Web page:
A November 2014 report of the Center for Naval Analyses — a private think tank for the US military — in November 2014, that is, two years before the tribunal handed down it ruling, pointed out:
“From its perspective, China resolved the sovereignty dispute with the Philippines over Scarborough Shoal in 2012 when it established control over the shoal. Again, it is unlikely to relinquish it. The government of the Philippines is in no position to even begin to contemplate the use of force to recover Scarborough, and the United States is not going to become involved in any attempt to expel the Chinese.”
The tribunal’s ruling in effect totally closed down arbitration, or any suit brought in an international court, as venues for the Philippines to recover it by means other than force.
The tribunal in its decision even mentioned China’s modern sovereignty claims over Bajo de Masinloc as well over the Spratlys:
“China claims sovereignty over Scarborough Shoal, which in China is known as ‘Huangyan Dao’ and treated as part of the Zhongsha Islands. In China’s 1958 Declaration of the Government of the People’s Republic of China on China’s Territorial Sea, China declared a twelve mile nautical sea from “all territories . . . including . . . the Zhongsha Islands.” China’s 1992 Law on the Territorial Sea and the Contiguous Zone also included the Zhongsha Islands in China’s territorial land which generated a 12-nautical- mile territorial sea.” (pages 199 to 200)
The tribunal added:
“On 27 November 2012, the Standing Committee of Hainan Provincial People’s Congress revised “The Hainan Provincial Regulation on the Control of Coastal Border Security” (“the Hainan Regulation 697”). As an administrative matter, China considers the Spratly and Paracel Islands, as well as Scarborough Shoal to form part of Hainan Province, since 2012 as part of the city of Sansha.” (page 271)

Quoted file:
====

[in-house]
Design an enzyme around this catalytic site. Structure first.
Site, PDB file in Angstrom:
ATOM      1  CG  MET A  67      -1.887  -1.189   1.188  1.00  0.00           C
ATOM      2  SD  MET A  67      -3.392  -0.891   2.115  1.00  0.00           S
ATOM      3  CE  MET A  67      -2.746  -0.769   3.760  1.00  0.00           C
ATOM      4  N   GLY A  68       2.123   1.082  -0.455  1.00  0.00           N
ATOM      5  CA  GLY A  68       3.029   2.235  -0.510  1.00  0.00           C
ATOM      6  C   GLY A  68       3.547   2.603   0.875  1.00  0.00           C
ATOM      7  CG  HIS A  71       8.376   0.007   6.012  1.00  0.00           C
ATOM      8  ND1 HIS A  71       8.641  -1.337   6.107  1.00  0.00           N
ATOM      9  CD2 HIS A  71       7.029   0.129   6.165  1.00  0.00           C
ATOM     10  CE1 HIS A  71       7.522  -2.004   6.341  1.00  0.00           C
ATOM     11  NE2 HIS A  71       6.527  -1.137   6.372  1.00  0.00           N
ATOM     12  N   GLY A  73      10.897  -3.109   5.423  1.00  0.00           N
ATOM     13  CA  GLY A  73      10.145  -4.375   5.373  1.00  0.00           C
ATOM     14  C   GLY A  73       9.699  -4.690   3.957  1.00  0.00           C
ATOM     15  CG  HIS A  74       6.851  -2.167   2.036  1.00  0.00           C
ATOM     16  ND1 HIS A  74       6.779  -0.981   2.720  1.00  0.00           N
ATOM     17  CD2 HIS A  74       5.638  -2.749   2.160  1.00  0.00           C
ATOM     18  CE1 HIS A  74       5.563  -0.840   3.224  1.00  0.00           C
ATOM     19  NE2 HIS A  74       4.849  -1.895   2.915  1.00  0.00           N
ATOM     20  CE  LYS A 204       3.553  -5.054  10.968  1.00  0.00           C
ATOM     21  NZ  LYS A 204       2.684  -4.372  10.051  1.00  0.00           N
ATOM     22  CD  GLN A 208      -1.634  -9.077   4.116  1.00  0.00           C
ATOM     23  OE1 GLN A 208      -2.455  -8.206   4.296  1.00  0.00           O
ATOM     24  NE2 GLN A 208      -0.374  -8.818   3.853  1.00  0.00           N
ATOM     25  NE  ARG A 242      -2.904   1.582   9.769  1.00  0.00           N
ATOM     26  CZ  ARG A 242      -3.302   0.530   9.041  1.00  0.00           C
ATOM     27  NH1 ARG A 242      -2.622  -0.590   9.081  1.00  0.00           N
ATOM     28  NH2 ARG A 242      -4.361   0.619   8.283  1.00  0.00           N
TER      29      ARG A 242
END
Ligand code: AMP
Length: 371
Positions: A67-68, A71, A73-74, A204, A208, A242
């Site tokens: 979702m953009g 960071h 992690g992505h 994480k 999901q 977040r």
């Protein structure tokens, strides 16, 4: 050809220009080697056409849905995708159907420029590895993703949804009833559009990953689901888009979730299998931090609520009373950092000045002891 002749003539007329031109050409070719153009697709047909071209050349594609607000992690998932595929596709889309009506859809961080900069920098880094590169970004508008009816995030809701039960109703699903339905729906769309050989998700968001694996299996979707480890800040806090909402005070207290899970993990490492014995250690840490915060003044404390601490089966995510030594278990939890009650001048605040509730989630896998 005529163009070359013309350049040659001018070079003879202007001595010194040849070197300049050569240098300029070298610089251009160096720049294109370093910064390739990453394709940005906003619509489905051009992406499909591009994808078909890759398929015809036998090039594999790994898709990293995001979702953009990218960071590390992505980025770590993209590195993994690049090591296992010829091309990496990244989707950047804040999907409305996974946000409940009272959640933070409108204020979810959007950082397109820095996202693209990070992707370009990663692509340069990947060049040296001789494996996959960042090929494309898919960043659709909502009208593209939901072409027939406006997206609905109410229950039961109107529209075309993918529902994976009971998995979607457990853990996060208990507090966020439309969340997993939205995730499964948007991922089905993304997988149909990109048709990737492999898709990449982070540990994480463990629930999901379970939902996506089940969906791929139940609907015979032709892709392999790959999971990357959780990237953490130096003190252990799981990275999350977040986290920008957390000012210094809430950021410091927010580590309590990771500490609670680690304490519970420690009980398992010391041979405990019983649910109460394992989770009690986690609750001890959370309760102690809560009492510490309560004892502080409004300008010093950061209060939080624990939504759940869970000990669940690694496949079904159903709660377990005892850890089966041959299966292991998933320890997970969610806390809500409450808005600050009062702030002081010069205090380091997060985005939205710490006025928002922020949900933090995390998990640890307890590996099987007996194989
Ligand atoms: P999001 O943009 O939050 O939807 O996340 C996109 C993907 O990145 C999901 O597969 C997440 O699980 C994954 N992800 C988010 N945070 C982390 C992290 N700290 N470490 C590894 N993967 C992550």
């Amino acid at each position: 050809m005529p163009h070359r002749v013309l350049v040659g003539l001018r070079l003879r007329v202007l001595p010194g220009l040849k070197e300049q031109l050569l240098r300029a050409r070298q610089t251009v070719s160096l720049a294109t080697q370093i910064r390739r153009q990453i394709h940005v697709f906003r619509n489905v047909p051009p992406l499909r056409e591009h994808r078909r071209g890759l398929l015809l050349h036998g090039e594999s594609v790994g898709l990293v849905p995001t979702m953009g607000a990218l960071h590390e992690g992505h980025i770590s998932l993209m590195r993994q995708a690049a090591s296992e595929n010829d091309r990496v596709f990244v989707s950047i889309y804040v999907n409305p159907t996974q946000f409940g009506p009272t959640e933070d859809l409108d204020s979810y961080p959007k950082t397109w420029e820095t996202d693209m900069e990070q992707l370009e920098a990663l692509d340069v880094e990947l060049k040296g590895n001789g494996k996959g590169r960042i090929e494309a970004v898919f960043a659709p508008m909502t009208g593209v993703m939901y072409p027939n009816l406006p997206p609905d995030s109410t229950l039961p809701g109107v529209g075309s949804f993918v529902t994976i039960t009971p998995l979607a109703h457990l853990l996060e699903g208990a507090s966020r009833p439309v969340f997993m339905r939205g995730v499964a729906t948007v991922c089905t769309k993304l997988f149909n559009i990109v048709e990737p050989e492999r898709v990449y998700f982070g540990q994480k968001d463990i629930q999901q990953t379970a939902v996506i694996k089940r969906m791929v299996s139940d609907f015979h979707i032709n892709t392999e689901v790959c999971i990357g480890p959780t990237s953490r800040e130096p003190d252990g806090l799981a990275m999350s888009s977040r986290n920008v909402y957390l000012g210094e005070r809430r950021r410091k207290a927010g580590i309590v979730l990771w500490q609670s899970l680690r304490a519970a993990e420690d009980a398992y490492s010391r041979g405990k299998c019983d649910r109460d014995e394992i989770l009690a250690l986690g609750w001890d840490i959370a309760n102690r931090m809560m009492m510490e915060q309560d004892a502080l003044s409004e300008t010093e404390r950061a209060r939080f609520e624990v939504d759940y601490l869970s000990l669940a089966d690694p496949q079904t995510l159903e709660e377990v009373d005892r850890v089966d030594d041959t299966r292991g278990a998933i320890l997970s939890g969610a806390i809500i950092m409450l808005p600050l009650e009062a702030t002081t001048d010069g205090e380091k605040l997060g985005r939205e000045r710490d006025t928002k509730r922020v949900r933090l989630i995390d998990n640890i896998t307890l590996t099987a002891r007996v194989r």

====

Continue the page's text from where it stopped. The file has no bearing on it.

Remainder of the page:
What many scholars found strange in the award was that while it purported to be aware of the Chinese claims of sovereignty, it facetiously dismissed these as irrelevant to the Philippine suit. “There is, indeed, much interesting evidence—from all sides—that could be considered by a tribunal empowered to address the question of sovereignty over the Spratly Islands and Scarborough Shoal. This Tribunal, however, is not empowered to address that question,” the tribunal merely said. (page 112)
Nevertheless, in the other rulings made by the tribunal, it actually — without saying so — ruled on the sovereignty issue even if it had no authority to do so, as many international law scholars have pointed out.
“The dispute between the Philippines and China is obviously over sovereignty over maritime features in the SCS, and only relatedly over maritime zones and the entitlements that the relevant features generate,” an Oxford University professor on public international law Antonios Tzanakopoulos pointed out. (In “Resolving Disputes over the South China Sea under the Compulsory Dispute Settlement System of the UN Convention on the Law of the Sea”)
Similarly, Chris Womersley, an international law expert who has been an adviser to the British government on territorial issues pointed out: “The tribunal failed to recognize that the fundamental dispute is about the sovereignty over the features in the South China Sea, and that the status of the features, such as whether they are low-tide elevations or ‘rocks,’ is a question which can only logically be answered once the sovereignty dispute has been resolved.” (In “The South China Sea: The Award of the Tribunal in the Case Brought by Philippines against China — A Critique”)
That it ruled against China’s sovereignty claims in its award and recognized Philippine EEZ entitlements is the huge flaw in the tribunal’s decision.
Part 2 on Friday:
“PH shot itself in the foot”